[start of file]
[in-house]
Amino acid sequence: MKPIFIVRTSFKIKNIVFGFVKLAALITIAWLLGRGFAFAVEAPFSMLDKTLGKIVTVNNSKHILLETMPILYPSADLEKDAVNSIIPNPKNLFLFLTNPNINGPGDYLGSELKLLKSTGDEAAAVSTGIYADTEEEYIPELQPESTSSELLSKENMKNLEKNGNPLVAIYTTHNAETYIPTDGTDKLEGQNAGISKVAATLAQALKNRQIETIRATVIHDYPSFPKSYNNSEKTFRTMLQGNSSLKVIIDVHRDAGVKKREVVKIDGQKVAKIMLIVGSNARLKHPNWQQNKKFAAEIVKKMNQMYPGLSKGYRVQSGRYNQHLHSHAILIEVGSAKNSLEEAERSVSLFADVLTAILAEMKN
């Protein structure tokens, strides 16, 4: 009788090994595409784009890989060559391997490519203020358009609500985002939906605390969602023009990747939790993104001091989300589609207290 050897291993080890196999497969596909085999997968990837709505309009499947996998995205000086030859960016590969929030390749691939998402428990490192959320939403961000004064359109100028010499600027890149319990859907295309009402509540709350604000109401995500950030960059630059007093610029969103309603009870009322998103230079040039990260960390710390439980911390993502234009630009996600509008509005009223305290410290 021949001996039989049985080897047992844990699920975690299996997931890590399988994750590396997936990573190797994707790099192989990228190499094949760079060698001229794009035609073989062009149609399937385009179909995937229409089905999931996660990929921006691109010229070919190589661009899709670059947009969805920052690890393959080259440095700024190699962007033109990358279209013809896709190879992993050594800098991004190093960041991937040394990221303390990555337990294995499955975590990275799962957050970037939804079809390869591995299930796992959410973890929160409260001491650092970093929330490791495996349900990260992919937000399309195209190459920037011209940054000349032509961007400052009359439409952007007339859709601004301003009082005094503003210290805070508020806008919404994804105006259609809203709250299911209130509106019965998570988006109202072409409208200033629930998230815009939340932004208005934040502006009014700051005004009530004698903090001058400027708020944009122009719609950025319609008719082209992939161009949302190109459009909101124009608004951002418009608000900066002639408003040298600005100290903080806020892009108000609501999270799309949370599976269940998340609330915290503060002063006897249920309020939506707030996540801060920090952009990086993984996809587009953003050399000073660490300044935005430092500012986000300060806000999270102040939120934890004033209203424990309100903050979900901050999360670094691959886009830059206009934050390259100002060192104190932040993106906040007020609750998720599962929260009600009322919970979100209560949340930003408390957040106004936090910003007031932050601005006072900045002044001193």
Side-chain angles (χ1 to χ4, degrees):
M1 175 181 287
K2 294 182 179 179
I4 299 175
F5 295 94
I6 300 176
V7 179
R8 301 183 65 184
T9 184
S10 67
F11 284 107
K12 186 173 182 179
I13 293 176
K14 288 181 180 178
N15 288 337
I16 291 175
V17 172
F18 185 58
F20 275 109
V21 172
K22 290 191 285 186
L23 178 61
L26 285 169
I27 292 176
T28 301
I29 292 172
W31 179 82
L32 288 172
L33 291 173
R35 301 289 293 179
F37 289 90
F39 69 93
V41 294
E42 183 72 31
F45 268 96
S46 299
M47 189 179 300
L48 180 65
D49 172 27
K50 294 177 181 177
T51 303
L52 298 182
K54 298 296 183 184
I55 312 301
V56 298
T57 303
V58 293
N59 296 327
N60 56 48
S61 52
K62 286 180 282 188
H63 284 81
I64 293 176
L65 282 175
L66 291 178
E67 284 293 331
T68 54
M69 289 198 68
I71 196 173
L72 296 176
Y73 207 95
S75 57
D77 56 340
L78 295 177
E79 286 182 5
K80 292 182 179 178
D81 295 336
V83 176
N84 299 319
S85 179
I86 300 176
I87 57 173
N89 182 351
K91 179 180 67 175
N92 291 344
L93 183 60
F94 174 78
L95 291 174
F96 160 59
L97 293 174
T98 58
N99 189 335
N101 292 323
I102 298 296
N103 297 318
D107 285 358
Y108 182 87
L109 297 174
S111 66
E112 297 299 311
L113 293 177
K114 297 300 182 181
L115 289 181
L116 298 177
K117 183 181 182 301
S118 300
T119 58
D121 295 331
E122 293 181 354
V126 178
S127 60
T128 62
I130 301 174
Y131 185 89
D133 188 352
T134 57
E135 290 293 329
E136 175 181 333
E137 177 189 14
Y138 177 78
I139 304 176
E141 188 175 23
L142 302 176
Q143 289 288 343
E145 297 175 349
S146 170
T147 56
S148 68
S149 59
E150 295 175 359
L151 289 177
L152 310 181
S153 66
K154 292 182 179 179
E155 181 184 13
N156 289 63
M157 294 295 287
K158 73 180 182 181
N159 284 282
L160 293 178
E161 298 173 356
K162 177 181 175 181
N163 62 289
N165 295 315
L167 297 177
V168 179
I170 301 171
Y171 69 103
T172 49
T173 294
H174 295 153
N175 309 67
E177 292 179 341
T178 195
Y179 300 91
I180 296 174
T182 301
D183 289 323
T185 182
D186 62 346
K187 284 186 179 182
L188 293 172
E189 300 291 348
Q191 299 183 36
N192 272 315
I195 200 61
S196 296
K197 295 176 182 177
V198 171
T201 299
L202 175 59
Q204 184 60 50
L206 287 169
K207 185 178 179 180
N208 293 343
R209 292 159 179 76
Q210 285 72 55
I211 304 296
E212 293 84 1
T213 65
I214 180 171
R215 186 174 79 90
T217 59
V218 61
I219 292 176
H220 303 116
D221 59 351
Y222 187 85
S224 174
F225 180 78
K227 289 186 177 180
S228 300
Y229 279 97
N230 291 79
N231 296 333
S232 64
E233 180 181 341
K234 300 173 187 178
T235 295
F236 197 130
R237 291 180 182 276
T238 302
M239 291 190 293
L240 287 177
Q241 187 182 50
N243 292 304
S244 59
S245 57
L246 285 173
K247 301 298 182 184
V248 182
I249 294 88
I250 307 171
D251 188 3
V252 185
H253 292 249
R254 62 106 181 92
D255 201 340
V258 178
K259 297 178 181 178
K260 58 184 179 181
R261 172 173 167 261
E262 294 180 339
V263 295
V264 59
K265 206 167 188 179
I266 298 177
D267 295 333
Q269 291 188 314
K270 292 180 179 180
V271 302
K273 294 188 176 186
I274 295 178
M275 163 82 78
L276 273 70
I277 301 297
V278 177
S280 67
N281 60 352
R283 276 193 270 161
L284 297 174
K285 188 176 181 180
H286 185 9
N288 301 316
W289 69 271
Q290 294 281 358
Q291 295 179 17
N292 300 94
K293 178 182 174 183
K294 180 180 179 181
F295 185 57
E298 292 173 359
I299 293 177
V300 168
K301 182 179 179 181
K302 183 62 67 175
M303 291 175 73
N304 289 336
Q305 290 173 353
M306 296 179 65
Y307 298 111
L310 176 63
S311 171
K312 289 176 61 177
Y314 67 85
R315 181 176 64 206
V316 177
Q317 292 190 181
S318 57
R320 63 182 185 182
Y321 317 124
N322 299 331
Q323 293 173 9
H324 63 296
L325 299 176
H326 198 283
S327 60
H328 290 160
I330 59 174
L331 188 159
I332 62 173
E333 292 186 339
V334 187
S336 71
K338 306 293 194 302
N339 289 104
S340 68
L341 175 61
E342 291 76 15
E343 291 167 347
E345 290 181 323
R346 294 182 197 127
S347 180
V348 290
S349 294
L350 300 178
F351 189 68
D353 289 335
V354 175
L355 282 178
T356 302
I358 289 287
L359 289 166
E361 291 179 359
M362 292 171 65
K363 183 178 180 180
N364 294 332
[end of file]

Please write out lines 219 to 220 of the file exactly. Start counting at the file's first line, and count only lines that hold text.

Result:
K265 206 167 188 179
I266 298 177